29

This isn't my job is not an answer

almost 6 years ago from , front end developer

It's kind of annoying to realise that even after 3 years of working as a front end developer I can't see 2 steps ahead of me. side note: i don't design stuff in sketch or ps, i just get the files from designers and code them.

I promised my client to send him the updated files last night but as I dug deeper i realised that it's impossible. At 3:00 AM i was blankly staring at a pretty simple cart checkout page which had to be done mobile friendly.

Problem was, that there was no design for mobile version, only a desktop one. Lazy designers or rushing industry, i can't blame anything. I've got freedom to act on my own. And with freedom to act on your own and freedom to improvise comes uncertainness.

My first reaction was irritation and anger. It's not my job. Why the hell do i have to think of how it should look on mobile? Where do i place these buttons? Okay, this part is unnecessary at all. Lazy designer! Why do i have to do his job?

But after that it hit me. Eureka. I'm not an insect. I shouldn't think like that. All these problems and solutions i take doesn't only make me a better developer. It expands my knowledge fields and makes me a developer with UI design and usability background. And i'm not saying that i don't have any usability or UX background.

What i'm trying to say here - open yourself, get involved, discuss, don't run from tasks that seem to be "not yours" - it broadens your horizons and makes you a better specialist.

Pardon my broken english.

19 comments

  • John PJohn P, almost 6 years ago

    This seems like a good attitude to have but be careful, once you start walking down this path it no longer becomes giving 110% it becomes the new 100% of what you are expected to deliver.

    Similar to how in some places where you have a shitty management team it makes more sense to over-estimate times and work slower because when they inevitably pile on way more work in the same timespace you will be able to deliver it easily because you were never working at full capacity anyway.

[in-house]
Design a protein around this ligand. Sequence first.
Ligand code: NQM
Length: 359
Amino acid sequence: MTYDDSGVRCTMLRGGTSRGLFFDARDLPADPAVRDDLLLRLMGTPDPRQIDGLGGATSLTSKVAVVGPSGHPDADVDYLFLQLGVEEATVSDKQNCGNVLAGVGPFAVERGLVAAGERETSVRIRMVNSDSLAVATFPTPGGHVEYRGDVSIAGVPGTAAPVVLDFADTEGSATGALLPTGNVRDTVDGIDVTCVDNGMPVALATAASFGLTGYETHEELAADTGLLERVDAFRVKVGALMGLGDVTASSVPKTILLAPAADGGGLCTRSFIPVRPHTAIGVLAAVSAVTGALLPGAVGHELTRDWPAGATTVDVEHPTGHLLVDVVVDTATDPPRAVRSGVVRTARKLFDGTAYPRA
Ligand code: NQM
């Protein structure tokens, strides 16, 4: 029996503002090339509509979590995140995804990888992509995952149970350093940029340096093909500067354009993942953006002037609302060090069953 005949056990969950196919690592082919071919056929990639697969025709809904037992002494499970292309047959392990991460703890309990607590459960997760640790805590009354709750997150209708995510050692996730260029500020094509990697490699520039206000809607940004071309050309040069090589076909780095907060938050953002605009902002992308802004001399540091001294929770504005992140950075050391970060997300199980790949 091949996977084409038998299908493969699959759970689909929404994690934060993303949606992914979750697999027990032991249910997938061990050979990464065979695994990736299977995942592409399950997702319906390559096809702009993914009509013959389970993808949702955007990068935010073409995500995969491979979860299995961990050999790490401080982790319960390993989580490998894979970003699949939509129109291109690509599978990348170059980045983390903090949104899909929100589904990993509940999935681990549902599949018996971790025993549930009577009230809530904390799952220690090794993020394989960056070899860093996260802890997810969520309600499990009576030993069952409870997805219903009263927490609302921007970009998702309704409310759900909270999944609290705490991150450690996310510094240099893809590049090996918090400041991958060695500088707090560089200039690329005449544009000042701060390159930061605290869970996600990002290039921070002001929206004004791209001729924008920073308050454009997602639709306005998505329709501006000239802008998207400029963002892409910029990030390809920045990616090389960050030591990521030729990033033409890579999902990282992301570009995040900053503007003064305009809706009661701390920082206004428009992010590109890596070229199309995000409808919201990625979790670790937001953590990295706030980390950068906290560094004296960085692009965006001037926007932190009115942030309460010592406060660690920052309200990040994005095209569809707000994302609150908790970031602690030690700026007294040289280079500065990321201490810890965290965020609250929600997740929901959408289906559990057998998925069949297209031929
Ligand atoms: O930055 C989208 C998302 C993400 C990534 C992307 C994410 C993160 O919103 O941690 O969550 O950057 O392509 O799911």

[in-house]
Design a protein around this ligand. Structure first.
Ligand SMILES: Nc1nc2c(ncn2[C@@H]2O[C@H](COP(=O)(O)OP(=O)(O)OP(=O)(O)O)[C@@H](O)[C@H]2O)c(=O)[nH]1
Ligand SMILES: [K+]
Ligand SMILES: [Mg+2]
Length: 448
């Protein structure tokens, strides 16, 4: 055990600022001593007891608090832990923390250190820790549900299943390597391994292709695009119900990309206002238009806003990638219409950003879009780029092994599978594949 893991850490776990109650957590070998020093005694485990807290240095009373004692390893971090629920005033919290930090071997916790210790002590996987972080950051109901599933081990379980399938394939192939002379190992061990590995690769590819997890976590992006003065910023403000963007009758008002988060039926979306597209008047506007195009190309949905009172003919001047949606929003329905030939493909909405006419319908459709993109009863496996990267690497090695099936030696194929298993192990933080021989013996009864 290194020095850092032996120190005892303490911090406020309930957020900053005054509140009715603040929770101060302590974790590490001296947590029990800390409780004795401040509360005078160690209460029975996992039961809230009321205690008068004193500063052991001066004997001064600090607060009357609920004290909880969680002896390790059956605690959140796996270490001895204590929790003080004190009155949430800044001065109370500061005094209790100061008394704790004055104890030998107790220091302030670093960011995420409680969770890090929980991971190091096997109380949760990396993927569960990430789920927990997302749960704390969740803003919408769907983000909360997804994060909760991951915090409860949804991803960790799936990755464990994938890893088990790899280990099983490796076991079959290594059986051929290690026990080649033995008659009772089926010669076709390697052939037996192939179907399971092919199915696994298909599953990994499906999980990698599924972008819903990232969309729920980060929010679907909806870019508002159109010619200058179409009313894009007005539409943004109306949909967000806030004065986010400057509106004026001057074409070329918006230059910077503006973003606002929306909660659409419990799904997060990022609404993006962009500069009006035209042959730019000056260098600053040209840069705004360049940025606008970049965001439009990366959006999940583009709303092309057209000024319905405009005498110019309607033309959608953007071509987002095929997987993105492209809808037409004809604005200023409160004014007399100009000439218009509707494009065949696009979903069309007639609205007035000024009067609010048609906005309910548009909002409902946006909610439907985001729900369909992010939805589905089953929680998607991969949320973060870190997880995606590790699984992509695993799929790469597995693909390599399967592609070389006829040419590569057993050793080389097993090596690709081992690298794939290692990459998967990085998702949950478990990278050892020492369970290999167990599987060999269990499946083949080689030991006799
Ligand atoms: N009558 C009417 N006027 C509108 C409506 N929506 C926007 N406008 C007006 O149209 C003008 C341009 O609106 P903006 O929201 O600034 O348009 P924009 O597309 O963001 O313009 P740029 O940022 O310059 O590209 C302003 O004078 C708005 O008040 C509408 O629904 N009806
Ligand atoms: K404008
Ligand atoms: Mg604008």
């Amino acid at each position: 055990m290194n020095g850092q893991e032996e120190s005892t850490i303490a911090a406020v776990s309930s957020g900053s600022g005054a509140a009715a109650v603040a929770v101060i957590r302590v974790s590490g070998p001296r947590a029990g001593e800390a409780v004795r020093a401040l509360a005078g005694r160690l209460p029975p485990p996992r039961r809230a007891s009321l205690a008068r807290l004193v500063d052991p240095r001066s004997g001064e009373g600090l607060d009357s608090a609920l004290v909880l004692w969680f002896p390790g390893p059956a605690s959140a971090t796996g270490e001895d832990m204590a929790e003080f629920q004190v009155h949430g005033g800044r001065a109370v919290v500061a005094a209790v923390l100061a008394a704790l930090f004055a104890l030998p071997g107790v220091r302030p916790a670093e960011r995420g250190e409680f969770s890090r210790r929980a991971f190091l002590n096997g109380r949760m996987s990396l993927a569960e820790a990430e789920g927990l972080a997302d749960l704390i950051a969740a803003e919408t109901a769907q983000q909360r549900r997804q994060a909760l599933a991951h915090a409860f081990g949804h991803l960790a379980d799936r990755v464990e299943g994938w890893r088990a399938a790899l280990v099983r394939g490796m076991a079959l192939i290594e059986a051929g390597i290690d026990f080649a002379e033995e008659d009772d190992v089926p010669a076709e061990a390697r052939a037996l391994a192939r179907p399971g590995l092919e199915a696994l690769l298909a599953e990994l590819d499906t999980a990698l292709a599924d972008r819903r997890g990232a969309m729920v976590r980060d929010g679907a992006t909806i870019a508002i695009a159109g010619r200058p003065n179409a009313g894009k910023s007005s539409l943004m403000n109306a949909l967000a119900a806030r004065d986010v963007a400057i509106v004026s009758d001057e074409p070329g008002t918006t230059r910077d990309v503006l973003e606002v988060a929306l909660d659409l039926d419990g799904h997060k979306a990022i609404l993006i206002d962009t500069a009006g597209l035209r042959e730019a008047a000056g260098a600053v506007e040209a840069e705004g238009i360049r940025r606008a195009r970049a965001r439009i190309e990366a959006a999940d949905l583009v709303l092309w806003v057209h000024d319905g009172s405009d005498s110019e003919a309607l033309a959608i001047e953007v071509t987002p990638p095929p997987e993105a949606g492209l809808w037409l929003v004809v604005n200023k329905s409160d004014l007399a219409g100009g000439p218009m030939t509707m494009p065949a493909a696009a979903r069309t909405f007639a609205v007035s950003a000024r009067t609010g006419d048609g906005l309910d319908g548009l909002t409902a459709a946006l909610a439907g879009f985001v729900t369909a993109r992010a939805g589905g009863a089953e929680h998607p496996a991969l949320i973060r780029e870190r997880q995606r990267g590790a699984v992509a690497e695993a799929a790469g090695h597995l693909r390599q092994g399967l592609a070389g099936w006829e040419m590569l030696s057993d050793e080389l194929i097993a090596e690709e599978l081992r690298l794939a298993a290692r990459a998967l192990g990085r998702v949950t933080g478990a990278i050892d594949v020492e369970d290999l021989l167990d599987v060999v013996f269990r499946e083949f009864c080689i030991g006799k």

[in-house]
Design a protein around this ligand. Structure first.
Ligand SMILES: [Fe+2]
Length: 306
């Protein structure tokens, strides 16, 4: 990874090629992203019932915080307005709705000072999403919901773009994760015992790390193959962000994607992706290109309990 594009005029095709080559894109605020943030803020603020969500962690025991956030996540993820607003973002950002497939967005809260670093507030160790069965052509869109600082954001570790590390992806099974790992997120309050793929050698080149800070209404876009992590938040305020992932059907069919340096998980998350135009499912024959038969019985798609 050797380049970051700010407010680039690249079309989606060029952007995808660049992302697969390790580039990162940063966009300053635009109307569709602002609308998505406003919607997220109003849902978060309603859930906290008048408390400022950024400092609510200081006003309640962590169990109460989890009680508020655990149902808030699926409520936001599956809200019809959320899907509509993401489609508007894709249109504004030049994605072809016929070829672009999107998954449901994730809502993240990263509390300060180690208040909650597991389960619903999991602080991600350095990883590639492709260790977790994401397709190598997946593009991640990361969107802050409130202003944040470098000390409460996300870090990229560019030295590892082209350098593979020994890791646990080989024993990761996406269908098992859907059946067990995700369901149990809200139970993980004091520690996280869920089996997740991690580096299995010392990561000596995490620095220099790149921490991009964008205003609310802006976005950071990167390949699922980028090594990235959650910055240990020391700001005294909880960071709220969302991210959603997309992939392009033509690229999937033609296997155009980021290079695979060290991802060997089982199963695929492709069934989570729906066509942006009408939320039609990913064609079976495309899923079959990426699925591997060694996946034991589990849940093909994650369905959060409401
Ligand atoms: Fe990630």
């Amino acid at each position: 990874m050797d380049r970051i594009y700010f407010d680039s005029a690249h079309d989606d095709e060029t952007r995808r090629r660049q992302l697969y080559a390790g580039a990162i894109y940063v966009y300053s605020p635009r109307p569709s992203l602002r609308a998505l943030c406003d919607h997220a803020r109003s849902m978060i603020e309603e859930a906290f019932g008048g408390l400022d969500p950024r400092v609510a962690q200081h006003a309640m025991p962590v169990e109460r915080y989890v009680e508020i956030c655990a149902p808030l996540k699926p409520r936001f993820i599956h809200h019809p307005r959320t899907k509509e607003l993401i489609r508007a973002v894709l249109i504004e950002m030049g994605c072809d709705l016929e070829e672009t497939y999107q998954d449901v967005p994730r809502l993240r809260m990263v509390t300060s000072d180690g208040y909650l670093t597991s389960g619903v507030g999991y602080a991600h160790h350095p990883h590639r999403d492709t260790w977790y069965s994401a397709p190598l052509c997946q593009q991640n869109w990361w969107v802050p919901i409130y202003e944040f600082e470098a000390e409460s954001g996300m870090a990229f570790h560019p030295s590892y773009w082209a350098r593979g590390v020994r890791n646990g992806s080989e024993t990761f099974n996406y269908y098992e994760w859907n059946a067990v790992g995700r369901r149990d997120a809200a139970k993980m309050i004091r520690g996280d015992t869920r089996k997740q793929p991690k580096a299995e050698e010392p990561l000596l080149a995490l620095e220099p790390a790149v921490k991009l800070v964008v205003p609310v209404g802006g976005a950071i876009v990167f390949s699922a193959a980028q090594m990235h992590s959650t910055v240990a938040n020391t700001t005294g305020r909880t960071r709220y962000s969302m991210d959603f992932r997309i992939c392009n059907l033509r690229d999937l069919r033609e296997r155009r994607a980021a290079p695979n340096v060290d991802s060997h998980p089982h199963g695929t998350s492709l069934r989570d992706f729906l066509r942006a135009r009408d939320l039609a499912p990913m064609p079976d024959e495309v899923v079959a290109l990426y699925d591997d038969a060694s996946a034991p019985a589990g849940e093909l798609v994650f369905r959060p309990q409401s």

27 points
  • Cristian MoiseiCristian Moisei, almost 6 years ago

    While this attitude is great at getting you out of a jam, you are only filling a gap that someone else created and the project will suffer because of it.

    The mobile version you can put together will not only not be as good as what a designer could make, but it will also distract you from your real responsibilities - the stuff you're actually good at.

    I would try to avoid projects where responsibilities are not clearly defined and the people you work with are not willing to do their end of the work. If you work for a company, try speaking your mind about it and point out how inefficient it is to work like this.

    4 points
  • Dirk HCM van BoxtelDirk HCM van Boxtel, almost 6 years ago

    I'd like to think this is what defines all of us here at DN. It's what sets us apart from a large portion of "the rest" of the industry.

    We care about what we do, and care enough to (attempt to) deliver quality.

    4 points
  • Marcel ChristianisMarcel Christianis, almost 6 years ago

    Thank you for sharing. Honestly I've felt this way a lot of time too. And to humble yourself that way is definitely not an easy task.

    What I want to commend you for is that, you're honest to yourself. You did get angry and disappointed. And that's okay, we're humans after all. But what matters is that you didn't leave it at that, but you evaluate your thoughts and proceed in taking the right action.

    I think this is a great lesson and reminders to us all that you're sharing.

    Thank you!

    3 points
  • Joe Blau, almost 6 years ago

    I've used this philosophy throughout my entire career and I can say that it's definitely helped me learn a lot more about other people's technical domains. Conversely, I will say that products where the whole team was professional, collaborating, and taking responsibility for their domain of expertise ended up significantly better than ones where myself or another team member were forced to work on something we weren't interested in or frankly that good at.

    There is a desktop application being used by over 25 million people to this day that I designed. At the time, I really had no business designing anything, but I picked up the task and now my name is attached to that.

    3 points
  • Jim SilvermanJim Silverman, almost 6 years ago

    yo, but it's not your job. communicate to the designer about the missing requirements.

    2 points
  • Jay RendonJay Rendon, almost 6 years ago (edited almost 6 years ago )

    Great change of mindset from "It's not my job" to "expand my knowledge and makes me a better developer". This does not only make you a better developer but a great person to have in the team.

    The next step,after you get some sleep, is to work with the designer and say "Hey, I think you missed some design. I did this because we're on a rush. What do you think?".

    1 point
  • Wil NicholsWil Nichols, almost 6 years ago

    Great attitude to be able to have where necessary, but not one to take everywhere. Concretely dividing responsibility is a great way to prevent feature creep and to keep a project in line with original scope.